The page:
Devon Army Cadets eager to learn lessons for life


More than 40 of the 300-plus Devon Army Cadets attending their annual camp at Nesscliff Training Area in Shropshire have already signed up for BTEC vocational courses in the coming year.

They are following in the footsteps of the 43 who obtained BTECs in 2017-18, pursuing qualifications ranging from leadership to music, up to A-level equivalent standard. But it doesn’t stop there.

Last year, 178 Cadets were awarded First Aid at Work qualifications which give them more than just a basic first aid qualification. Six also achieved gold in the Duke of Edinburgh’s Awards scheme.

Lieutenant Colonel Leigh Skelton, who took over as Commandant in May, says it has been “a real eye-opener” to witness the effort that is going into equipping Cadets for life as adults.

He added: “They realise that qualifications they earn with us will open doors for them. We’re not only offering skills training though. One of the best things for developing confidence is the adventurous training programme, which is very strong within Devon ACF.”

During camp, which took in the Adventurous Training Centre at Capel Curig and the Shropshire Sailing Club at Ellesmere, the Cadets enjoyed kayaking, paintballing, abseiling 150 ft down Nesscliffe Quarry, clay pigeon shooting and many other activities.

The county has just over 900 Cadets organised across 36 detachments in four Companies, all made possible by the commitment of 188 adults, of whom 61 are officers.

Each Company has two training officers, one being responsible for the Army Proficiency Certificate (APC) syllabus and another looking after non-military training. At HQ level, responsibilities are split between two Deputy Commandants, both Lieutenant-Colonels, Aimee Mitchell (APC) and Joe Martin (non-military).

Joe explained: “At Devon ACF we like to think we are at the forefront of a lot of things. If it’s new, we’ll try it out and see if it works for us.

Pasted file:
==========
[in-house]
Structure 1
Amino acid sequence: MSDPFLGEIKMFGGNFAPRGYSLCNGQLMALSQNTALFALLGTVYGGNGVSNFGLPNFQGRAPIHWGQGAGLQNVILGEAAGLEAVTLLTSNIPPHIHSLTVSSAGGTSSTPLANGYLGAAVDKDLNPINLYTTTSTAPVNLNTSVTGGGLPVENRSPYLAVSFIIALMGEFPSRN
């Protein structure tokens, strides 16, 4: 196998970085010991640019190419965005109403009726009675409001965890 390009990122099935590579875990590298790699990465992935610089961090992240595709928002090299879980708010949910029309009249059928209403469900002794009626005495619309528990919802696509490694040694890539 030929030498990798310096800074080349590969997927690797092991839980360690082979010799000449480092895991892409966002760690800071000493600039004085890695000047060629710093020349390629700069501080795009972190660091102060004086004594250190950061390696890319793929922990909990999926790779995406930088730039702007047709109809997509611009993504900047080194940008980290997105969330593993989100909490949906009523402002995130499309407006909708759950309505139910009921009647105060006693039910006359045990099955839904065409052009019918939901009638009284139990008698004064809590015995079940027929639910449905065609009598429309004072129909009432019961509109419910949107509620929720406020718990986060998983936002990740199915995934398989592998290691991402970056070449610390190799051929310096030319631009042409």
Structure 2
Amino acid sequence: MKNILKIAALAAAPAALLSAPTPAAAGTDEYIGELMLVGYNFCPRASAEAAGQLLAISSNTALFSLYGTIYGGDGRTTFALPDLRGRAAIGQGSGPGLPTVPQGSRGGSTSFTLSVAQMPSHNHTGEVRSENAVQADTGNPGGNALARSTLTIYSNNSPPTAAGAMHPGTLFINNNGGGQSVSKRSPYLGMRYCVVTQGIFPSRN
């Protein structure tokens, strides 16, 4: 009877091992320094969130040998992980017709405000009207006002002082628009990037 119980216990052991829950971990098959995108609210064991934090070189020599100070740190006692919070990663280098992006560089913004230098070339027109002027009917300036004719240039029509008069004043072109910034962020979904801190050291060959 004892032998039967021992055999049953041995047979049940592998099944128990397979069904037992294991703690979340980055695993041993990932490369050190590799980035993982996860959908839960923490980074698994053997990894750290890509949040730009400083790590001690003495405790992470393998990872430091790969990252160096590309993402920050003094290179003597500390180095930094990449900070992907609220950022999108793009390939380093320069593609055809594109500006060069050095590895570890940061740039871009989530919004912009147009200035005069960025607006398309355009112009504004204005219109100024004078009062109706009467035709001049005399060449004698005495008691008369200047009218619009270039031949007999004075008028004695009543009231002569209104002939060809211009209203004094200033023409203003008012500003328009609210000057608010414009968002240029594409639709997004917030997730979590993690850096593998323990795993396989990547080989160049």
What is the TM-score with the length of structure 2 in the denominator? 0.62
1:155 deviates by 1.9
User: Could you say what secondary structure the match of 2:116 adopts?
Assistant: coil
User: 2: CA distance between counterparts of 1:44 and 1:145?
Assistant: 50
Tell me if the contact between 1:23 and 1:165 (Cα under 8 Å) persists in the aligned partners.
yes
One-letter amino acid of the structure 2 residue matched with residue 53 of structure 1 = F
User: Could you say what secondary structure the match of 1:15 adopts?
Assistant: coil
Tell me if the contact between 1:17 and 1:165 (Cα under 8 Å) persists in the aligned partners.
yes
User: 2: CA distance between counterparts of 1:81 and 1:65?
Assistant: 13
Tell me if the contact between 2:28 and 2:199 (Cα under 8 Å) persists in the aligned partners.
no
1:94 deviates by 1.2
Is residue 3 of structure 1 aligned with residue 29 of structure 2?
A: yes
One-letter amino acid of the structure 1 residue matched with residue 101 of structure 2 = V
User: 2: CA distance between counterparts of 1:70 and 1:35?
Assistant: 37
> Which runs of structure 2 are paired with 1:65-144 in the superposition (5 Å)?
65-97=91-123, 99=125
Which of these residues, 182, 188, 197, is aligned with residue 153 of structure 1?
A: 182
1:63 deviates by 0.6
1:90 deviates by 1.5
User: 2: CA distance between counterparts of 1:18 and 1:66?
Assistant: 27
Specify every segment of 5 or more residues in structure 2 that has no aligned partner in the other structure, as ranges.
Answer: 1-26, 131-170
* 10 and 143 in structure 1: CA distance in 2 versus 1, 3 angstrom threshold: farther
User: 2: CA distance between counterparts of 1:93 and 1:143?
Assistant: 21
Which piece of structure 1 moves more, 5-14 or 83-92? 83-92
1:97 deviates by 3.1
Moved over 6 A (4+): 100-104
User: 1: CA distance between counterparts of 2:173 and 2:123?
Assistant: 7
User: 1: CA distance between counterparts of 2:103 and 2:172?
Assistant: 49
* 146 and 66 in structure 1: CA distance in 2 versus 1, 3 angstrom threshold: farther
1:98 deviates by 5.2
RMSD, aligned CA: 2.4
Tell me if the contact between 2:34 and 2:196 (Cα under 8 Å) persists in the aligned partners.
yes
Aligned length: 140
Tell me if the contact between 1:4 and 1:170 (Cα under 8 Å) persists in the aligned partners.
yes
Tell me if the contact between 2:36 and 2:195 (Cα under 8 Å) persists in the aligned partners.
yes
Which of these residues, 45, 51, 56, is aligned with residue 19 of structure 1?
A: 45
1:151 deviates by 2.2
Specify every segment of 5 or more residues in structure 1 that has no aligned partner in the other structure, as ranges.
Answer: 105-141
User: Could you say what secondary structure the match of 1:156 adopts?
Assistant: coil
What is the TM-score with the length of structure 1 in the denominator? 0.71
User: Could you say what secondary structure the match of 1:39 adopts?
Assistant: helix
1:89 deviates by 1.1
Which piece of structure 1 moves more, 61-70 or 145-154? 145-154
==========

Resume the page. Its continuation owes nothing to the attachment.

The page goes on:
“We are fortunate to have had Captain Will Husband as our BTEC officer for a number of years now. He is our backbone in all of this and we’re all delighted he is soon to receive a national award for all his work.


“We had a Cadet who applied for a course at Petroc College in North Devon but he was short of a qualification. When he mentioned that he was doing a BTEC with us, and it was confirmed in a phone call to HQ, he was immediately accepted.”

Aimee pointed out that there is plenty of cross-over between the vocational courses and the ‘green’ training, which produced five Master Cadets last year.

She said: “The BTEC Level 3 recognises the Army Proficiency Certificate (APC) syllabus as well as requiring them to complete a workbook which demonstrates their wider understanding as a member of civilian society and the uniformed services.

“BTEC offers lots of options. Music is a fading option in schools given that the schools’ curriculum has been narrowed. For us still to maintain that through our Corps of Drums is really important.

 “We want to make sure that the Cadets are leaving us with transferable skills and the BTEC provides opportunities to do that – all fully funded.”

They are expecting plenty of interest from 14 and 15-year-olds in a new BTEC level 2 in leadership and management, which is being piloted from November.

All work is done in-house rather than with an external education provider, and the projects are submitted for verification to Cadet Vocational Qualification Organisation as the awarding body.

The adults benefit just as much as cadets, acquiring their own skills in areas such as navigation and pursuits such as mountain bike training, all of which earn them national qualifications. A lot of cadets return as adult volunteers, proving that ‘success breeds success’.

For more information about volunteering as an adult instructor with Devon Army Cadets, call 01392 256251 or email .

Reserve Forces